The Court noted that the majority of courts to have considered the question have concluded that the use of the term “hearing” in a statute does not confer a mandatory right to oral argument or oral presentation unless additional statutory language or the context indicates otherwise.

Given the ex parte nature of the procedure here, the Court believed that if the district court has determined that the State’s written submissions provide sufficient grounds to support withholding notice, nothing further would be accomplished by requiring the prosecuting attorney to appear before the district court to orally argue what is already provided in the written materials. And as long as the State’s written submissions and the district court’s order memorialize the reasons underlying the district court’s decision, the target, if later indicted, would be able to challenge the basis upon which the notice was withheld, serving another purpose of the notice withholding procedure.

Thus, the Court reasoned that the more reasonable interpretation of “closed hearing,” as used in NRS 172.241, did not mandate an oral hearing in all instances, as that would require use of court resources and time for essentially no reason in cases such as this, but instead requires in camera review by the court of the State’s submission, with or without the prosecutor present. This is consistent with ABA Model Grand Jury Act of 1982, section 102(3), which, like NRS 172.241, affords a target notice and the opportunity to testify unless the prosecutor demonstrates to the court in camera that there are reasonable grounds to believe that giving such notice would create an undue risk of danger to other persons, flight of the target or other obstruction of justice, requiring judicial review, but not an in-person meeting between the prosecutor and the judge. And, the Court believed there was no reason to impose a blanket oral hearing requirement when NRS 172.241’s purposes can be met without the prosecuting attorney meeting in-person ex parte with the district court judge. Thus, the Court held that NRS 172.241’s procedure for withholding notice is met if the State presents sufficient evidence to the district court, through written application and/or at oral argument, should the court require it, to allow the court to conclude by written order that that adequate cause to withhold notice of the grand jury proceedings exists. Therefore, the Court reversed the district court’s order dismissing the indictment.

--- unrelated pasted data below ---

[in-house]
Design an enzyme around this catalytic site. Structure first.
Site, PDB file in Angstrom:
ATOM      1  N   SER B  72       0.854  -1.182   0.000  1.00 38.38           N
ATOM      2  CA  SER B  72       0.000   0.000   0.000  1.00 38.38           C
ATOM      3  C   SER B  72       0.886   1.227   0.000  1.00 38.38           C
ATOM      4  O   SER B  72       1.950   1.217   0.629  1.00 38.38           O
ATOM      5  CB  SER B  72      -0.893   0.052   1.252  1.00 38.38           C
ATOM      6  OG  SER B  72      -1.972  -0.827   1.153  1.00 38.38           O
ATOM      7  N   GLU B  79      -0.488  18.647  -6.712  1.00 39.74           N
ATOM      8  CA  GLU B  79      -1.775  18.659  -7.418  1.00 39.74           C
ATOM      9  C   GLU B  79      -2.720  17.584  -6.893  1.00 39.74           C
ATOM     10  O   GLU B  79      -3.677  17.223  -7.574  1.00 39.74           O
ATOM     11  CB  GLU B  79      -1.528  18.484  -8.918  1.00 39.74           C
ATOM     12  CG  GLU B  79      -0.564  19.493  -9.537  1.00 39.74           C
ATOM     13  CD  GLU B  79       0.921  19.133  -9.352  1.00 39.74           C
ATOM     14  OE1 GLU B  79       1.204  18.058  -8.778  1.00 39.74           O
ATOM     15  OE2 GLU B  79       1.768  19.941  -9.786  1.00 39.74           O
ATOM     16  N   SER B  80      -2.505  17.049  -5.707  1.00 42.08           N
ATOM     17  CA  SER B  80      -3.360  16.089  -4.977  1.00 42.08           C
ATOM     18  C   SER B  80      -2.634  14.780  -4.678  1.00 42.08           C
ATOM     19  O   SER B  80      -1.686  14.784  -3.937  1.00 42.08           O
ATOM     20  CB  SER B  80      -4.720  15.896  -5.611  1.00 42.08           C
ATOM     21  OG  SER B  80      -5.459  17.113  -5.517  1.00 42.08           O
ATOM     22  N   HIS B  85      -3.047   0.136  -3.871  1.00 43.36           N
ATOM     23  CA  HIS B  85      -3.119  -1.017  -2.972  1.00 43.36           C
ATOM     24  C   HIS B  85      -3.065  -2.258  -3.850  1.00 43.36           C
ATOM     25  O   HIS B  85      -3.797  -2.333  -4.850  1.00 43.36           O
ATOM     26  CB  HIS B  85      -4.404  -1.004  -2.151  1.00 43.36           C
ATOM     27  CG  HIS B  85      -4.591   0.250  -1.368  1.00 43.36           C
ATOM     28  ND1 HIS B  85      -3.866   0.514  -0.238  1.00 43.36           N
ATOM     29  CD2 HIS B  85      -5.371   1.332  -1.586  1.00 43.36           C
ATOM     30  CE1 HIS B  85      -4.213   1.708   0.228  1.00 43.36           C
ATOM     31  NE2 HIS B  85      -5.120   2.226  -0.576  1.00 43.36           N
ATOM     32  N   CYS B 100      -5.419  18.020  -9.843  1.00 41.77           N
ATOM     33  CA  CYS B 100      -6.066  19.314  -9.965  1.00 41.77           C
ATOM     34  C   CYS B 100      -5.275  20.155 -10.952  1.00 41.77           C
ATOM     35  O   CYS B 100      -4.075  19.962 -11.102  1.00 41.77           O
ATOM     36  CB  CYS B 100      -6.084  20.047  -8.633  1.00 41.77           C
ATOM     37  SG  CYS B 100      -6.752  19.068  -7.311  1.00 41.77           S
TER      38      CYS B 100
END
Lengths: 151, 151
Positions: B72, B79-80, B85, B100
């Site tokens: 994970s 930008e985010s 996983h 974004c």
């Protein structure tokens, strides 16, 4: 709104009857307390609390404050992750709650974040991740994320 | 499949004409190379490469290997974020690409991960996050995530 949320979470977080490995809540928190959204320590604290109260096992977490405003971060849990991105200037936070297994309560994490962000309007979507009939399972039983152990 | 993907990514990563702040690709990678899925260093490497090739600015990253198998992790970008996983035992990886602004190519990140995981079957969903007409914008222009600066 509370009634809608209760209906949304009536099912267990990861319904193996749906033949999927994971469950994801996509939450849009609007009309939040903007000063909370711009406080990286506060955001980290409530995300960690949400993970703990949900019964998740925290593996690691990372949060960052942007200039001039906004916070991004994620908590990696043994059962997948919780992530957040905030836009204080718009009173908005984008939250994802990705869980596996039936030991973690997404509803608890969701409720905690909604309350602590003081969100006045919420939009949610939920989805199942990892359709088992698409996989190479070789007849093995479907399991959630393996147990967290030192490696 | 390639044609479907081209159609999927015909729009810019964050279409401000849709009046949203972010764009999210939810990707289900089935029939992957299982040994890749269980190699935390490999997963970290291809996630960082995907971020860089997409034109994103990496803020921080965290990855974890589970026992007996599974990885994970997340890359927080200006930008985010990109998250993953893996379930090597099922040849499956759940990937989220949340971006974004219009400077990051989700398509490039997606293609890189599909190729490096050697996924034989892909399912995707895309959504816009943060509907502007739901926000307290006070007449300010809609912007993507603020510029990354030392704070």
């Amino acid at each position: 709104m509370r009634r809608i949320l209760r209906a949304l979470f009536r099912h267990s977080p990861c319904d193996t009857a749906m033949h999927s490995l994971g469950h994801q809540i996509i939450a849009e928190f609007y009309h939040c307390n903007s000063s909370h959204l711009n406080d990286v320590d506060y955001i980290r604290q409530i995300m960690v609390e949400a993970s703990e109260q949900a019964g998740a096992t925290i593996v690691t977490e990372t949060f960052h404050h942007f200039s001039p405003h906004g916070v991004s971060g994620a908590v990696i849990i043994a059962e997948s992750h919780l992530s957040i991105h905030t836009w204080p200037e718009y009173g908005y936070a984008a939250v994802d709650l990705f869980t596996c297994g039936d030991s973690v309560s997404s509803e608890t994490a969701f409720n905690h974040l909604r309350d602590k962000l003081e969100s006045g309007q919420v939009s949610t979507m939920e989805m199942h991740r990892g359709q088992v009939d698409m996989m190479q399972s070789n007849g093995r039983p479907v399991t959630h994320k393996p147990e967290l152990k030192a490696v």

Leave a Reply

Your email address will not be published. Required fields are marked *